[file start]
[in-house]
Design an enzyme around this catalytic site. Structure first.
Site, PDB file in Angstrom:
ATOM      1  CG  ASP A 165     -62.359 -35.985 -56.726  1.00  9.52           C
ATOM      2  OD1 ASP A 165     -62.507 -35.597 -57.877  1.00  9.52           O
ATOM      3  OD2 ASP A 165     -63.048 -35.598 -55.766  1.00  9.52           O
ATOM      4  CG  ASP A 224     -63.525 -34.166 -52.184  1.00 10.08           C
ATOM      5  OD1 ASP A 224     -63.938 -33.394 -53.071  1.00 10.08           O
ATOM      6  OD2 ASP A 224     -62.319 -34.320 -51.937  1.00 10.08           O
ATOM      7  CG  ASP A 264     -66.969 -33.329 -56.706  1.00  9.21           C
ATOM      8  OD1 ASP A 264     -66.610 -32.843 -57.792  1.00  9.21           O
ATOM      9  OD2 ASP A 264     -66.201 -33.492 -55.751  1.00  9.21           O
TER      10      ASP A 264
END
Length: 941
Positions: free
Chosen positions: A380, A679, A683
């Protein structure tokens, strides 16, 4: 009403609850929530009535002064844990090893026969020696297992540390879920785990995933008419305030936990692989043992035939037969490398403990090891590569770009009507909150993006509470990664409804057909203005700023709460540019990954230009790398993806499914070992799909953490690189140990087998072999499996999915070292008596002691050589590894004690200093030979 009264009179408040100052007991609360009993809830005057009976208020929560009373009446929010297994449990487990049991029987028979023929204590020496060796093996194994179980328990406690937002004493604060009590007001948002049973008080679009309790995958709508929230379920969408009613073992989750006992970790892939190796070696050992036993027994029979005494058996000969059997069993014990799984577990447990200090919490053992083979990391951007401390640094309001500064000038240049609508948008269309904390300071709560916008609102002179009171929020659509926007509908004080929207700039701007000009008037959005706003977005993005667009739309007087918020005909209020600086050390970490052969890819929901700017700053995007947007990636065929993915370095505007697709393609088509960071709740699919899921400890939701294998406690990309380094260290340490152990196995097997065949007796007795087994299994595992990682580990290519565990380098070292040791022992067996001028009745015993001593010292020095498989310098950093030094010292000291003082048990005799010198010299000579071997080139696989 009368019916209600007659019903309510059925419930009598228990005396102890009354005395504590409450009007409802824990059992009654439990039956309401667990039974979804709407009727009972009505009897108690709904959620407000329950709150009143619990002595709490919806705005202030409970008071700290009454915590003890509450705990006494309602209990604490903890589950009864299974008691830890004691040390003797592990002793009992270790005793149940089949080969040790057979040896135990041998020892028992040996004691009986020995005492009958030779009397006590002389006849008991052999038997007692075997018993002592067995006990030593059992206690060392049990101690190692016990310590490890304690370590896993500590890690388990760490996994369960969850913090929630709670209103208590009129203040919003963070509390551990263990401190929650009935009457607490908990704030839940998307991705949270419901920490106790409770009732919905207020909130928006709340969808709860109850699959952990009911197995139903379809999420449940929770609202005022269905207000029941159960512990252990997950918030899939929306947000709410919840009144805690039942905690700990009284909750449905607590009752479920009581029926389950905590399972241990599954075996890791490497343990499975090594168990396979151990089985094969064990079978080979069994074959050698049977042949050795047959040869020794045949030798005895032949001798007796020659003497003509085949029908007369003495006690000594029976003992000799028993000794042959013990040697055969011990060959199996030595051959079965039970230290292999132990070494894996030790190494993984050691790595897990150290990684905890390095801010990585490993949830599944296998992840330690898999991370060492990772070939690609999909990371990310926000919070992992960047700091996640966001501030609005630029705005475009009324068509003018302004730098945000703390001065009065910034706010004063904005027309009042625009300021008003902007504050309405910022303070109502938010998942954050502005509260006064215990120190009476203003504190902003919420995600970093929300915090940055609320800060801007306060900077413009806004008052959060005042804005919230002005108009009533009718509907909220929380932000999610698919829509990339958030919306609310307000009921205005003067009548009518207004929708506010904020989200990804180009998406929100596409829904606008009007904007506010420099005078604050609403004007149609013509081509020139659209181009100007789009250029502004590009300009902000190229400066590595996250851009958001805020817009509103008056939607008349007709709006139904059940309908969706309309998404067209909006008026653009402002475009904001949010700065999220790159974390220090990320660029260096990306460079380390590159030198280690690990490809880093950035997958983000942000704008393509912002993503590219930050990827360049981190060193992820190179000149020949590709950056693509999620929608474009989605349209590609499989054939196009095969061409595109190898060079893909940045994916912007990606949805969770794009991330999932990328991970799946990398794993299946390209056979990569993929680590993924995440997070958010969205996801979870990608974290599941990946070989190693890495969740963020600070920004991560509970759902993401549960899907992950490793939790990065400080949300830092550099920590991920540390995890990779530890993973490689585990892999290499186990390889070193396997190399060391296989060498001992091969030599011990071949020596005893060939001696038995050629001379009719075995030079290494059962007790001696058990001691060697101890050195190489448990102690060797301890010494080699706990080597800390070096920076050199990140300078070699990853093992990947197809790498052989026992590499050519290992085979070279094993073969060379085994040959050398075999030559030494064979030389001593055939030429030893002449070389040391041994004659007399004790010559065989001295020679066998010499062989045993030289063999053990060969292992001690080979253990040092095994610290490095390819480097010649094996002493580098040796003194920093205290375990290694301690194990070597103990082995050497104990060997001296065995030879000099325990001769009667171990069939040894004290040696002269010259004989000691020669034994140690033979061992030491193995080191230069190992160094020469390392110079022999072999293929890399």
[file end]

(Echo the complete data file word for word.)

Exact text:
[in-house]
Design an enzyme around this catalytic site. Structure first.
Site, PDB file in Angstrom:
ATOM      1  CG  ASP A 165     -62.359 -35.985 -56.726  1.00  9.52           C
ATOM      2  OD1 ASP A 165     -62.507 -35.597 -57.877  1.00  9.52           O
ATOM      3  OD2 ASP A 165     -63.048 -35.598 -55.766  1.00  9.52           O
ATOM      4  CG  ASP A 224     -63.525 -34.166 -52.184  1.00 10.08           C
ATOM      5  OD1 ASP A 224     -63.938 -33.394 -53.071  1.00 10.08           O
ATOM      6  OD2 ASP A 224     -62.319 -34.320 -51.937  1.00 10.08           O
ATOM      7  CG  ASP A 264     -66.969 -33.329 -56.706  1.00  9.21           C
ATOM      8  OD1 ASP A 264     -66.610 -32.843 -57.792  1.00  9.21           O
ATOM      9  OD2 ASP A 264     -66.201 -33.492 -55.751  1.00  9.21           O
TER      10      ASP A 264
END
Length: 941
Positions: free
Chosen positions: A380, A679, A683
């Protein structure tokens, strides 16, 4: 009403609850929530009535002064844990090893026969020696297992540390879920785990995933008419305030936990692989043992035939037969490398403990090891590569770009009507909150993006509470990664409804057909203005700023709460540019990954230009790398993806499914070992799909953490690189140990087998072999499996999915070292008596002691050589590894004690200093030979 009264009179408040100052007991609360009993809830005057009976208020929560009373009446929010297994449990487990049991029987028979023929204590020496060796093996194994179980328990406690937002004493604060009590007001948002049973008080679009309790995958709508929230379920969408009613073992989750006992970790892939190796070696050992036993027994029979005494058996000969059997069993014990799984577990447990200090919490053992083979990391951007401390640094309001500064000038240049609508948008269309904390300071709560916008609102002179009171929020659509926007509908004080929207700039701007000009008037959005706003977005993005667009739309007087918020005909209020600086050390970490052969890819929901700017700053995007947007990636065929993915370095505007697709393609088509960071709740699919899921400890939701294998406690990309380094260290340490152990196995097997065949007796007795087994299994595992990682580990290519565990380098070292040791022992067996001028009745015993001593010292020095498989310098950093030094010292000291003082048990005799010198010299000579071997080139696989 009368019916209600007659019903309510059925419930009598228990005396102890009354005395504590409450009007409802824990059992009654439990039956309401667990039974979804709407009727009972009505009897108690709904959620407000329950709150009143619990002595709490919806705005202030409970008071700290009454915590003890509450705990006494309602209990604490903890589950009864299974008691830890004691040390003797592990002793009992270790005793149940089949080969040790057979040896135990041998020892028992040996004691009986020995005492009958030779009397006590002389006849008991052999038997007692075997018993002592067995006990030593059992206690060392049990101690190692016990310590490890304690370590896993500590890690388990760490996994369960969850913090929630709670209103208590009129203040919003963070509390551990263990401190929650009935009457607490908990704030839940998307991705949270419901920490106790409770009732919905207020909130928006709340969808709860109850699959952990009911197995139903379809999420449940929770609202005022269905207000029941159960512990252990997950918030899939929306947000709410919840009144805690039942905690700990009284909750449905607590009752479920009581029926389950905590399972241990599954075996890791490497343990499975090594168990396979151990089985094969064990079978080979069994074959050698049977042949050795047959040869020794045949030798005895032949001798007796020659003497003509085949029908007369003495006690000594029976003992000799028993000794042959013990040697055969011990060959199996030595051959079965039970230290292999132990070494894996030790190494993984050691790595897990150290990684905890390095801010990585490993949830599944296998992840330690898999991370060492990772070939690609999909990371990310926000919070992992960047700091996640966001501030609005630029705005475009009324068509003018302004730098945000703390001065009065910034706010004063904005027309009042625009300021008003902007504050309405910022303070109502938010998942954050502005509260006064215990120190009476203003504190902003919420995600970093929300915090940055609320800060801007306060900077413009806004008052959060005042804005919230002005108009009533009718509907909220929380932000999610698919829509990339958030919306609310307000009921205005003067009548009518207004929708506010904020989200990804180009998406929100596409829904606008009007904007506010420099005078604050609403004007149609013509081509020139659209181009100007789009250029502004590009300009902000190229400066590595996250851009958001805020817009509103008056939607008349007709709006139904059940309908969706309309998404067209909006008026653009402002475009904001949010700065999220790159974390220090990320660029260096990306460079380390590159030198280690690990490809880093950035997958983000942000704008393509912002993503590219930050990827360049981190060193992820190179000149020949590709950056693509999620929608474009989605349209590609499989054939196009095969061409595109190898060079893909940045994916912007990606949805969770794009991330999932990328991970799946990398794993299946390209056979990569993929680590993924995440997070958010969205996801979870990608974290599941990946070989190693890495969740963020600070920004991560509970759902993401549960899907992950490793939790990065400080949300830092550099920590991920540390995890990779530890993973490689585990892999290499186990390889070193396997190399060391296989060498001992091969030599011990071949020596005893060939001696038995050629001379009719075995030079290494059962007790001696058990001691060697101890050195190489448990102690060797301890010494080699706990080597800390070096920076050199990140300078070699990853093992990947197809790498052989026992590499050519290992085979070279094993073969060379085994040959050398075999030559030494064979030389001593055939030429030893002449070389040391041994004659007399004790010559065989001295020679066998010499062989045993030289063999053990060969292992001690080979253990040092095994610290490095390819480097010649094996002493580098040796003194920093205290375990290694301690194990070597103990082995050497104990060997001296065995030879000099325990001769009667171990069939040894004290040696002269010259004989000691020669034994140690033979061992030491193995080191230069190992160094020469390392110079022999072999293929890399």